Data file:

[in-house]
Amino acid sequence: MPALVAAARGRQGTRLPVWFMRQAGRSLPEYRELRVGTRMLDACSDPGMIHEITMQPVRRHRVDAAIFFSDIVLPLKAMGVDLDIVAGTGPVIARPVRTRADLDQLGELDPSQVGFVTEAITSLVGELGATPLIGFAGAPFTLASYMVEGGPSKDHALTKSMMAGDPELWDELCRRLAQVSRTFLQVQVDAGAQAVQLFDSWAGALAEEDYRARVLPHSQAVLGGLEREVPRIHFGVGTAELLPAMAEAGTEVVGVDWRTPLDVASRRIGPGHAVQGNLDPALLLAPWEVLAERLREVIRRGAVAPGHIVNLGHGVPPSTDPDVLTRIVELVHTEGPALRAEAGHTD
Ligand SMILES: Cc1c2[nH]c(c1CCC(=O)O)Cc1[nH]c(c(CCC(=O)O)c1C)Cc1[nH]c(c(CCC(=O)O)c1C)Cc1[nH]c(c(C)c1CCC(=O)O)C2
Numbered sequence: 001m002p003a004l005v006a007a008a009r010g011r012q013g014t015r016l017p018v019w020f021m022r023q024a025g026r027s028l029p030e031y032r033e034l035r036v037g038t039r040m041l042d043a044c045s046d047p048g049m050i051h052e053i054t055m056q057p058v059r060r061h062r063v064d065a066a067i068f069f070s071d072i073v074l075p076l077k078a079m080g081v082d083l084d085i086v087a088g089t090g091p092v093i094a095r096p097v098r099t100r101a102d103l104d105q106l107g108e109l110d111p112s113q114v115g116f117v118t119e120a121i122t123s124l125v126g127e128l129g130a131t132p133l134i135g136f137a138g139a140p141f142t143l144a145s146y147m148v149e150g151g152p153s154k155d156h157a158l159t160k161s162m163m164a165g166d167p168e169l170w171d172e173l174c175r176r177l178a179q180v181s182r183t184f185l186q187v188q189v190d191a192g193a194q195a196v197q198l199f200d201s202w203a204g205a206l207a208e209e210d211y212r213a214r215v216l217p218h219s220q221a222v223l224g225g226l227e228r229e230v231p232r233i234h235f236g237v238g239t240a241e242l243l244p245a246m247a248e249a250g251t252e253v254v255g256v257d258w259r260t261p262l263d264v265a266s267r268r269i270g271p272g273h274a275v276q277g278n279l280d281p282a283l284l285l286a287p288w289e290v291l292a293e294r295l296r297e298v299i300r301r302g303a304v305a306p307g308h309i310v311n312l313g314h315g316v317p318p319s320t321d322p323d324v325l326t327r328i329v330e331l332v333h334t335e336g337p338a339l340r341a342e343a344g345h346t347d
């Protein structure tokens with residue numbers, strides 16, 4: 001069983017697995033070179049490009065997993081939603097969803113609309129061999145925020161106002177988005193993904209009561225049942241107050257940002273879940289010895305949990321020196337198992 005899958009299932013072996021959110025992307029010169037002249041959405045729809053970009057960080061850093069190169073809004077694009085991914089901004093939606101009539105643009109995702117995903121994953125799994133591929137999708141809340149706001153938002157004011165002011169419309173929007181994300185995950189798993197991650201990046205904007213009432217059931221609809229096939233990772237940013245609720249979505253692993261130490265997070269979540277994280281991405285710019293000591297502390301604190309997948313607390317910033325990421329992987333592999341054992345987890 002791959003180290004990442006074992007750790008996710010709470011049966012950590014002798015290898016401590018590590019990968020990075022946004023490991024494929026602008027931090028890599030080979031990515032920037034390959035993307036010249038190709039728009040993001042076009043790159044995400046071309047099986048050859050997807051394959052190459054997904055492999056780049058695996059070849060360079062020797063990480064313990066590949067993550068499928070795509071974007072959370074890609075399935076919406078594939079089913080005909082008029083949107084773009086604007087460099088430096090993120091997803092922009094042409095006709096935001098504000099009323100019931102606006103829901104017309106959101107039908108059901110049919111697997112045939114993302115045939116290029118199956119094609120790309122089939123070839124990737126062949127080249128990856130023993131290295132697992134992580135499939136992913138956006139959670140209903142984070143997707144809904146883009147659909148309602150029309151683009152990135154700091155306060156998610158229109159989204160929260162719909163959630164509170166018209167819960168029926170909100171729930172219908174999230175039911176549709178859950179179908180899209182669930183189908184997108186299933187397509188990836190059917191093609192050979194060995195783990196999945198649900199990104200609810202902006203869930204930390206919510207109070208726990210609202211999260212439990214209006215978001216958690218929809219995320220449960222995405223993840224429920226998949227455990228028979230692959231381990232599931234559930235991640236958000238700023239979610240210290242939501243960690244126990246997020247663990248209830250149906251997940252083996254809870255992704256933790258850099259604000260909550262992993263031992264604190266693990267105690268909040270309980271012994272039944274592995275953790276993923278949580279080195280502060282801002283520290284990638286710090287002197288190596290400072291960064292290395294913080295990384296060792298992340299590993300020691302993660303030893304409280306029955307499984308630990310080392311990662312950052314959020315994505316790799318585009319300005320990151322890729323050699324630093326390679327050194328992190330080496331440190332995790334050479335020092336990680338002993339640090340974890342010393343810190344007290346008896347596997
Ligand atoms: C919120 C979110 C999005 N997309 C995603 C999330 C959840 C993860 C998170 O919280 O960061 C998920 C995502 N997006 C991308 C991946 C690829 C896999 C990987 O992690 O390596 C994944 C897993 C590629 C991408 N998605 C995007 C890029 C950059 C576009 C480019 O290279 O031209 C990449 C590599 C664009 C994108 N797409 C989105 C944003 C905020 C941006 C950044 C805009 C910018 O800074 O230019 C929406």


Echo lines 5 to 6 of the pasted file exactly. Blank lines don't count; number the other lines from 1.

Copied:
């Protein structure tokens with residue numbers, strides 16, 4: 001069983017697995033070179049490009065997993081939603097969803113609309129061999145925020161106002177988005193993904209009561225049942241107050257940002273879940289010895305949990321020196337198992 005899958009299932013072996021959110025992307029010169037002249041959405045729809053970009057960080061850093069190169073809004077694009085991914089901004093939606101009539105643009109995702117995903121994953125799994133591929137999708141809340149706001153938002157004011165002011169419309173929007181994300185995950189798993197991650201990046205904007213009432217059931221609809229096939233990772237940013245609720249979505253692993261130490265997070269979540277994280281991405285710019293000591297502390301604190309997948313607390317910033325990421329992987333592999341054992345987890 002791959003180290004990442006074992007750790008996710010709470011049966012950590014002798015290898016401590018590590019990968020990075022946004023490991024494929026602008027931090028890599030080979031990515032920037034390959035993307036010249038190709039728009040993001042076009043790159044995400046071309047099986048050859050997807051394959052190459054997904055492999056780049058695996059070849060360079062020797063990480064313990066590949067993550068499928070795509071974007072959370074890609075399935076919406078594939079089913080005909082008029083949107084773009086604007087460099088430096090993120091997803092922009094042409095006709096935001098504000099009323100019931102606006103829901104017309106959101107039908108059901110049919111697997112045939114993302115045939116290029118199956119094609120790309122089939123070839124990737126062949127080249128990856130023993131290295132697992134992580135499939136992913138956006139959670140209903142984070143997707144809904146883009147659909148309602150029309151683009152990135154700091155306060156998610158229109159989204160929260162719909163959630164509170166018209167819960168029926170909100171729930172219908174999230175039911176549709178859950179179908180899209182669930183189908184997108186299933187397509188990836190059917191093609192050979194060995195783990196999945198649900199990104200609810202902006203869930204930390206919510207109070208726990210609202211999260212439990214209006215978001216958690218929809219995320220449960222995405223993840224429920226998949227455990228028979230692959231381990232599931234559930235991640236958000238700023239979610240210290242939501243960690244126990246997020247663990248209830250149906251997940252083996254809870255992704256933790258850099259604000260909550262992993263031992264604190266693990267105690268909040270309980271012994272039944274592995275953790276993923278949580279080195280502060282801002283520290284990638286710090287002197288190596290400072291960064292290395294913080295990384296060792298992340299590993300020691302993660303030893304409280306029955307499984308630990310080392311990662312950052314959020315994505316790799318585009319300005320990151322890729323050699324630093326390679327050194328992190330080496331440190332995790334050479335020092336990680338002993339640090340974890342010393343810190344007290346008896347596997
Ligand atoms: C919120 C979110 C999005 N997309 C995603 C999330 C959840 C993860 C998170 O919280 O960061 C998920 C995502 N997006 C991308 C991946 C690829 C896999 C990987 O992690 O390596 C994944 C897993 C590629 C991408 N998605 C995007 C890029 C950059 C576009 C480019 O290279 O031209 C990449 C590599 C664009 C994108 N797409 C989105 C944003 C905020 C941006 C950044 C805009 C910018 O800074 O230019 C929406």